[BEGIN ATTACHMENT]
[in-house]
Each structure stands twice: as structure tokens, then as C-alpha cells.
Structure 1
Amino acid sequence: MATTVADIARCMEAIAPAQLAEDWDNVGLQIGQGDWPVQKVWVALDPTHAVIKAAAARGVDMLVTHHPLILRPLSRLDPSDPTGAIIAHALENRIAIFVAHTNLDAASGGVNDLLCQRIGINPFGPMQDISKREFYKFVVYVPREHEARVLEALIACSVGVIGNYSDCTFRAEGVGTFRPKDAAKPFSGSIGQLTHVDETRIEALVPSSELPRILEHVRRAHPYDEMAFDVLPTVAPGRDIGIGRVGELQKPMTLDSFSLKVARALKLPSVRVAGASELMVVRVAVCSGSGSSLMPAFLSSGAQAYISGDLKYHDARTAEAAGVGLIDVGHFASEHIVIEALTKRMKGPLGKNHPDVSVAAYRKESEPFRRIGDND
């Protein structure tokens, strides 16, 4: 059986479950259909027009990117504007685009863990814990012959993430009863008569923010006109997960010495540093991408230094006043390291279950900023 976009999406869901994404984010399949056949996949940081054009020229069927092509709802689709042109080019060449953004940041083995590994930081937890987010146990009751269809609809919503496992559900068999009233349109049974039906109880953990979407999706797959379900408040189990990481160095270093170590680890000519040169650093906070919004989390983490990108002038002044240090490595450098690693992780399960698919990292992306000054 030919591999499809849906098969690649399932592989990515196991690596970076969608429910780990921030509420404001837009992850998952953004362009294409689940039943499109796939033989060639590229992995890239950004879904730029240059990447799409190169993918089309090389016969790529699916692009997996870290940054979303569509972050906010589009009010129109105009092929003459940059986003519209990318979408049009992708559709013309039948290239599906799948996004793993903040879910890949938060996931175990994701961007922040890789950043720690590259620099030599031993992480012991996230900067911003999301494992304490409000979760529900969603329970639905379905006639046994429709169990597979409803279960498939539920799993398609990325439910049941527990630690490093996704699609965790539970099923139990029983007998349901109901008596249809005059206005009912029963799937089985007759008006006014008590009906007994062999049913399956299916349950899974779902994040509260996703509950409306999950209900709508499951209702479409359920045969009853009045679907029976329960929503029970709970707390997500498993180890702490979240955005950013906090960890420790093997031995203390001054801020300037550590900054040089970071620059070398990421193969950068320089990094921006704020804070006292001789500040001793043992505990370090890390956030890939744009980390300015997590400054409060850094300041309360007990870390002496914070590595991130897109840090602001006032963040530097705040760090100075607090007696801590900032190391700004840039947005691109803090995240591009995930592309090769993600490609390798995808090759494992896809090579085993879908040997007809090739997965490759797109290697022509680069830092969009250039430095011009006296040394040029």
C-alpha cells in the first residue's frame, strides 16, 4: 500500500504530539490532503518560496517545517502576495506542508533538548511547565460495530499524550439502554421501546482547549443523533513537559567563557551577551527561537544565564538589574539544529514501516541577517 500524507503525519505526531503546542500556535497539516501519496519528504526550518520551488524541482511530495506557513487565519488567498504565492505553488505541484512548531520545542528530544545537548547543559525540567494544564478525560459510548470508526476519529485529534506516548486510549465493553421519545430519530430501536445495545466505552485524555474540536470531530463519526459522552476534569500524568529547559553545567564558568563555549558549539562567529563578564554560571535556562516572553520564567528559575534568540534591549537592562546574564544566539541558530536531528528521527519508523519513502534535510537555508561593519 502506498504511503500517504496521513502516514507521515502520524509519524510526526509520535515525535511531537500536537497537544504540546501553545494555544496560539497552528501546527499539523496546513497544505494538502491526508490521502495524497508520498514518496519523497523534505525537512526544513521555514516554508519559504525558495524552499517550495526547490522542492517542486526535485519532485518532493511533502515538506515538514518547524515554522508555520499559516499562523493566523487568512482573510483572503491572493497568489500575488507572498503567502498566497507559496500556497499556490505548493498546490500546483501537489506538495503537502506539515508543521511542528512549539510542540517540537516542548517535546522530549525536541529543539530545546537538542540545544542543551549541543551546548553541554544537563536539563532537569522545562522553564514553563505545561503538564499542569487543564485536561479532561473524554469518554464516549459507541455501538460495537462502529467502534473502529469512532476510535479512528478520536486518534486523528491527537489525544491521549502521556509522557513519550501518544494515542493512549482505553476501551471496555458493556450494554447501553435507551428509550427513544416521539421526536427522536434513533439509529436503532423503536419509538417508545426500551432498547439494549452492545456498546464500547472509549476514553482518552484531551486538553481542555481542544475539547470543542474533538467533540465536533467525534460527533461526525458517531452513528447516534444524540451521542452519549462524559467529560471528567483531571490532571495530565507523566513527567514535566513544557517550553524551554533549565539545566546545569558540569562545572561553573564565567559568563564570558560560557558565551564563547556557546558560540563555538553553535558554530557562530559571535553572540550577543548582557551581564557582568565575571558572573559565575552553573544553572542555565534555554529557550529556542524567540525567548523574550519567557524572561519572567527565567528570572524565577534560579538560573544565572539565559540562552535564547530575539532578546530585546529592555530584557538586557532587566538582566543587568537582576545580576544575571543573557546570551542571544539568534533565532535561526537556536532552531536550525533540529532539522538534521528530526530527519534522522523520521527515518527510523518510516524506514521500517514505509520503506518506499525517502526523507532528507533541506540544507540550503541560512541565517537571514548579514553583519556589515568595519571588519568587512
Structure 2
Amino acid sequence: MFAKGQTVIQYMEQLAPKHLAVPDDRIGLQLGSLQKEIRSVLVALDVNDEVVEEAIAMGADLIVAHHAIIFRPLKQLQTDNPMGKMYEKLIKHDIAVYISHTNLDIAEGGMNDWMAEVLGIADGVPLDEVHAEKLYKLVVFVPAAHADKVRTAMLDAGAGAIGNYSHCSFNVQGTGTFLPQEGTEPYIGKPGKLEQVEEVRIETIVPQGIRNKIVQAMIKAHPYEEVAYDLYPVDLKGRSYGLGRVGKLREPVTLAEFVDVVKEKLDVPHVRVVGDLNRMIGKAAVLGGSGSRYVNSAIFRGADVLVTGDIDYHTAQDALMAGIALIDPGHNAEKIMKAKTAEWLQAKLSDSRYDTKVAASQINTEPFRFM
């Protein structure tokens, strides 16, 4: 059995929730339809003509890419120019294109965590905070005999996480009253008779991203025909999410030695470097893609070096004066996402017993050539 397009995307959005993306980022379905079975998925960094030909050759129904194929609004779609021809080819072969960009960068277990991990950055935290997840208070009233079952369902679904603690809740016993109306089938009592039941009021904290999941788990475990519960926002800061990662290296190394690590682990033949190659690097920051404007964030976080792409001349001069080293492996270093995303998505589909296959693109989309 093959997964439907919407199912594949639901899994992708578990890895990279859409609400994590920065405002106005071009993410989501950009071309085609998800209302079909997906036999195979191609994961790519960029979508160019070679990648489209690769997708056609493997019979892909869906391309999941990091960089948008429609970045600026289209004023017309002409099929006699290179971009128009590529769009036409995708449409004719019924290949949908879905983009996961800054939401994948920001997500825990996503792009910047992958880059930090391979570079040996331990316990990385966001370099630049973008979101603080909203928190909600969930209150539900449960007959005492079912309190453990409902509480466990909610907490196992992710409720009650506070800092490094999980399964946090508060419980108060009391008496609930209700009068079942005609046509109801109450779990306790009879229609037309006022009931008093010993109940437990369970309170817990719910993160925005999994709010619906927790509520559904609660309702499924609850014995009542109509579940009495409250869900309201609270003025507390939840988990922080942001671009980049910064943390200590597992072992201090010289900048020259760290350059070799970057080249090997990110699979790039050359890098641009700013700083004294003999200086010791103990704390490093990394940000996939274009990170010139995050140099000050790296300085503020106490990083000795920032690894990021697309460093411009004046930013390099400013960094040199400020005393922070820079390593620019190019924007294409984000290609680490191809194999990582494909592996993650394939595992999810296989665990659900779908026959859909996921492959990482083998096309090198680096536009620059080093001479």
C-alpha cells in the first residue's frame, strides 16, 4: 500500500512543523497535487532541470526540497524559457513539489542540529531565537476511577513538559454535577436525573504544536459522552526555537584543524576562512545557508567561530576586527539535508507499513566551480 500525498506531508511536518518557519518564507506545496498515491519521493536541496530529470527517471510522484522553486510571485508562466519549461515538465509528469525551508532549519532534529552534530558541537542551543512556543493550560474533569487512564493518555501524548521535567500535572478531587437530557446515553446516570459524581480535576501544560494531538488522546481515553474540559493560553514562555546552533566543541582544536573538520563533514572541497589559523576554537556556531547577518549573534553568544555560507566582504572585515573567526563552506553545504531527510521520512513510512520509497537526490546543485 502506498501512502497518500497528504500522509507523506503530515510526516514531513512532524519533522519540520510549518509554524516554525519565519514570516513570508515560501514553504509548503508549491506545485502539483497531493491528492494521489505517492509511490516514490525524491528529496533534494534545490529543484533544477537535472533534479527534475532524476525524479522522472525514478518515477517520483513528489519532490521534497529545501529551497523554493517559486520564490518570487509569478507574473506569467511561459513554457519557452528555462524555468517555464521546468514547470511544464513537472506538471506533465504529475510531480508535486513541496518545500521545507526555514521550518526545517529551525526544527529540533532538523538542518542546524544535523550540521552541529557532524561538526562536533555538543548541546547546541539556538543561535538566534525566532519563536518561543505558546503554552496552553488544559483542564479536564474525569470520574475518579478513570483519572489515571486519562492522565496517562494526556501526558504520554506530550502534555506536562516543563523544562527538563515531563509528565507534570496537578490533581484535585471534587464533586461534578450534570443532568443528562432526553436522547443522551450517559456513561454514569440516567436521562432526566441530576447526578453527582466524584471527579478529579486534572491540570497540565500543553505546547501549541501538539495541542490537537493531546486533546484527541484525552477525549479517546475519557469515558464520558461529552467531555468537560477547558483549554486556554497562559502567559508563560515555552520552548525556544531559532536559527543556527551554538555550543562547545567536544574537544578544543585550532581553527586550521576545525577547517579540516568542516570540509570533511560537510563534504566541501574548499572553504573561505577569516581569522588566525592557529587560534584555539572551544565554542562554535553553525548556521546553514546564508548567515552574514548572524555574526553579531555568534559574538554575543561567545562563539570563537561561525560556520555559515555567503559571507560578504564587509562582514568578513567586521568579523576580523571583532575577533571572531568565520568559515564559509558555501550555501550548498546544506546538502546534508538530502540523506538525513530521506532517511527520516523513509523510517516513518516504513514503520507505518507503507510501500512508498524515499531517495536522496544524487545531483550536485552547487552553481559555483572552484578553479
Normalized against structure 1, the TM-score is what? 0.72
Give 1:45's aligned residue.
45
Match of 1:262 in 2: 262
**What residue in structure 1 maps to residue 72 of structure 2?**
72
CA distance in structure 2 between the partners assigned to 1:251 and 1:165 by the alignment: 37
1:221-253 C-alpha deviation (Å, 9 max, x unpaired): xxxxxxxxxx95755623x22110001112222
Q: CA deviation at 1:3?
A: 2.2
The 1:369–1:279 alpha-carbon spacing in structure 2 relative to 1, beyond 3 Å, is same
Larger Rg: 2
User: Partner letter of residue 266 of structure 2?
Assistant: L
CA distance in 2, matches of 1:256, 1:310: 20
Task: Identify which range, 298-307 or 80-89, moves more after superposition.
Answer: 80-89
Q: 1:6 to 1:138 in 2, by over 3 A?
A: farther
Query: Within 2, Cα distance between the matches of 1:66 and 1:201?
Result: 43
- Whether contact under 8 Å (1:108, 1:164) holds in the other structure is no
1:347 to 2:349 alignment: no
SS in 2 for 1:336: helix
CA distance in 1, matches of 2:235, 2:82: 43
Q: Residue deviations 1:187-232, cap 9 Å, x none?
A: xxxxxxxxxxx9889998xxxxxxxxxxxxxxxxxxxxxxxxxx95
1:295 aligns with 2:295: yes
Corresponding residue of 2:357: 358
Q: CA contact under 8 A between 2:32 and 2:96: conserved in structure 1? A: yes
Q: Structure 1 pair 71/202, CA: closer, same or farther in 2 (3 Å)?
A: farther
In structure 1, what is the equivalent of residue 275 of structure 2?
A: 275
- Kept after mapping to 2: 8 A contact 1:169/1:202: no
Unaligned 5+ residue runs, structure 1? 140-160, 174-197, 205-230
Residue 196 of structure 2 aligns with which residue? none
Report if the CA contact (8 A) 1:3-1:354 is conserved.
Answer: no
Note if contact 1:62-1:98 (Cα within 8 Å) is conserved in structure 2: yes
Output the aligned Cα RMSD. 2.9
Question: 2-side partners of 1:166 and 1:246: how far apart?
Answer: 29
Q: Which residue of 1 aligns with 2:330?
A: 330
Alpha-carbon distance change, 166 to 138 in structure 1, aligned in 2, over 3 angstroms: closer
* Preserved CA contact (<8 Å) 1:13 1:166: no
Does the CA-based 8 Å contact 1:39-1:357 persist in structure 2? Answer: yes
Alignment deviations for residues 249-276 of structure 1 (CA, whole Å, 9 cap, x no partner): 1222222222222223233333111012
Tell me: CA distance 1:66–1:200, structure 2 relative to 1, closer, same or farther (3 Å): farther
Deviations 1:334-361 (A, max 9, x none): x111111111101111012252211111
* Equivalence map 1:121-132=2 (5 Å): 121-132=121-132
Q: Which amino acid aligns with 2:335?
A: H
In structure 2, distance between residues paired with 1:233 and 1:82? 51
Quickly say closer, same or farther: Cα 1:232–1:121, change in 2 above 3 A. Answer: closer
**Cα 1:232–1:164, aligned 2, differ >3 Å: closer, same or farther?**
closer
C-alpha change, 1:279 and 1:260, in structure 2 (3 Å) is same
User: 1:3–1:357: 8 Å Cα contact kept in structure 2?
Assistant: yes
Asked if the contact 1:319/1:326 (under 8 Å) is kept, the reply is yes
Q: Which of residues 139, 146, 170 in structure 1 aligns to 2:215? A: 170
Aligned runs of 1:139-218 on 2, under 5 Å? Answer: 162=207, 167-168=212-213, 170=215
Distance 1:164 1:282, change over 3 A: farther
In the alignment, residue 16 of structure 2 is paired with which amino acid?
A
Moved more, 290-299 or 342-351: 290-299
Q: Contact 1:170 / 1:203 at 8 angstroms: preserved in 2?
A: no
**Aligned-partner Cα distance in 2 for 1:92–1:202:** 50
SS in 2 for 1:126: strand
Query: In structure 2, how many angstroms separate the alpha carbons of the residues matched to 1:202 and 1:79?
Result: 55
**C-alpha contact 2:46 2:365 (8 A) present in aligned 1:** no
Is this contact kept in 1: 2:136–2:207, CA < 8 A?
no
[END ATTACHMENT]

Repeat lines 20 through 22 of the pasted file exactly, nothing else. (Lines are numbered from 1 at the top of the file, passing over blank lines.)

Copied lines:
A: 2.2
The 1:369–1:279 alpha-carbon spacing in structure 2 relative to 1, beyond 3 Å, is same
Larger Rg: 2